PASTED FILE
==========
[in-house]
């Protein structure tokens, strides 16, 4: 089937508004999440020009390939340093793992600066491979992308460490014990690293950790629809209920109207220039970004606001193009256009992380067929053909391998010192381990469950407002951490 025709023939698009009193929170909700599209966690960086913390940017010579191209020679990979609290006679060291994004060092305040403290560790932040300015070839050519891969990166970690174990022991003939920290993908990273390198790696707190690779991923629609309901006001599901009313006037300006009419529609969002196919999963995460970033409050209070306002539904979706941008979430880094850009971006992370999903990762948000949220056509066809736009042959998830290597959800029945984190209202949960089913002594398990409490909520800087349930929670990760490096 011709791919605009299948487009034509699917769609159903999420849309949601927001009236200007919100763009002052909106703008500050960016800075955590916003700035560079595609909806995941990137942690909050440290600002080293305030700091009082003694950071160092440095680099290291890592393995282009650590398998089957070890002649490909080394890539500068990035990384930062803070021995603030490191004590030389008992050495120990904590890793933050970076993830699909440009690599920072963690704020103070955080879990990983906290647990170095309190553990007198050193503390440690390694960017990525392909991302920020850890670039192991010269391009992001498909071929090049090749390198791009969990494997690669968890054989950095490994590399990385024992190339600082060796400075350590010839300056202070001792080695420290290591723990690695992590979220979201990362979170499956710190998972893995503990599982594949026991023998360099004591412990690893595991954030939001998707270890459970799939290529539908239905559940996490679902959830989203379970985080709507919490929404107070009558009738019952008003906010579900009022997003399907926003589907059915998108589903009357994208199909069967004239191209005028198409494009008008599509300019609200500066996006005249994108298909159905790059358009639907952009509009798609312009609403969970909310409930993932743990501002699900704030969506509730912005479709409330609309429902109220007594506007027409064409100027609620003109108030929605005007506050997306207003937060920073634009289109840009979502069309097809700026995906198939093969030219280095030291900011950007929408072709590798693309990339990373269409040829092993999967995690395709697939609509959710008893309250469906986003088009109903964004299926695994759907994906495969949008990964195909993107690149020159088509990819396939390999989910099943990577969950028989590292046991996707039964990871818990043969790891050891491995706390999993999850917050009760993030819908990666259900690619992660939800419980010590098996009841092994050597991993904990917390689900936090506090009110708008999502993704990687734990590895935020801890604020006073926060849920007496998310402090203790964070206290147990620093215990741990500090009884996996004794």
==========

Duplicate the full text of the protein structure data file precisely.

[in-house]
């Protein structure tokens, strides 16, 4: 089937508004999440020009390939340093793992600066491979992308460490014990690293950790629809209920109207220039970004606001193009256009992380067929053909391998010192381990469950407002951490 025709023939698009009193929170909700599209966690960086913390940017010579191209020679990979609290006679060291994004060092305040403290560790932040300015070839050519891969990166970690174990022991003939920290993908990273390198790696707190690779991923629609309901006001599901009313006037300006009419529609969002196919999963995460970033409050209070306002539904979706941008979430880094850009971006992370999903990762948000949220056509066809736009042959998830290597959800029945984190209202949960089913002594398990409490909520800087349930929670990760490096 011709791919605009299948487009034509699917769609159903999420849309949601927001009236200007919100763009002052909106703008500050960016800075955590916003700035560079595609909806995941990137942690909050440290600002080293305030700091009082003694950071160092440095680099290291890592393995282009650590398998089957070890002649490909080394890539500068990035990384930062803070021995603030490191004590030389008992050495120990904590890793933050970076993830699909440009690599920072963690704020103070955080879990990983906290647990170095309190553990007198050193503390440690390694960017990525392909991302920020850890670039192991010269391009992001498909071929090049090749390198791009969990494997690669968890054989950095490994590399990385024992190339600082060796400075350590010839300056202070001792080695420290290591723990690695992590979220979201990362979170499956710190998972893995503990599982594949026991023998360099004591412990690893595991954030939001998707270890459970799939290529539908239905559940996490679902959830989203379970985080709507919490929404107070009558009738019952008003906010579900009022997003399907926003589907059915998108589903009357994208199909069967004239191209005028198409494009008008599509300019609200500066996006005249994108298909159905790059358009639907952009509009798609312009609403969970909310409930993932743990501002699900704030969506509730912005479709409330609309429902109220007594506007027409064409100027609620003109108030929605005007506050997306207003937060920073634009289109840009979502069309097809700026995906198939093969030219280095030291900011950007929408072709590798693309990339990373269409040829092993999967995690395709697939609509959710008893309250469906986003088009109903964004299926695994759907994906495969949008990964195909993107690149020159088509990819396939390999989910099943990577969950028989590292046991996707039964990871818990043969790891050891491995706390999993999850917050009760993030819908990666259900690619992660939800419980010590098996009841092994050597991993904990917390689900936090506090009110708008999502993704990687734990590895935020801890604020006073926060849920007496998310402090203790964070206290147990620093215990741990500090009884996996004794």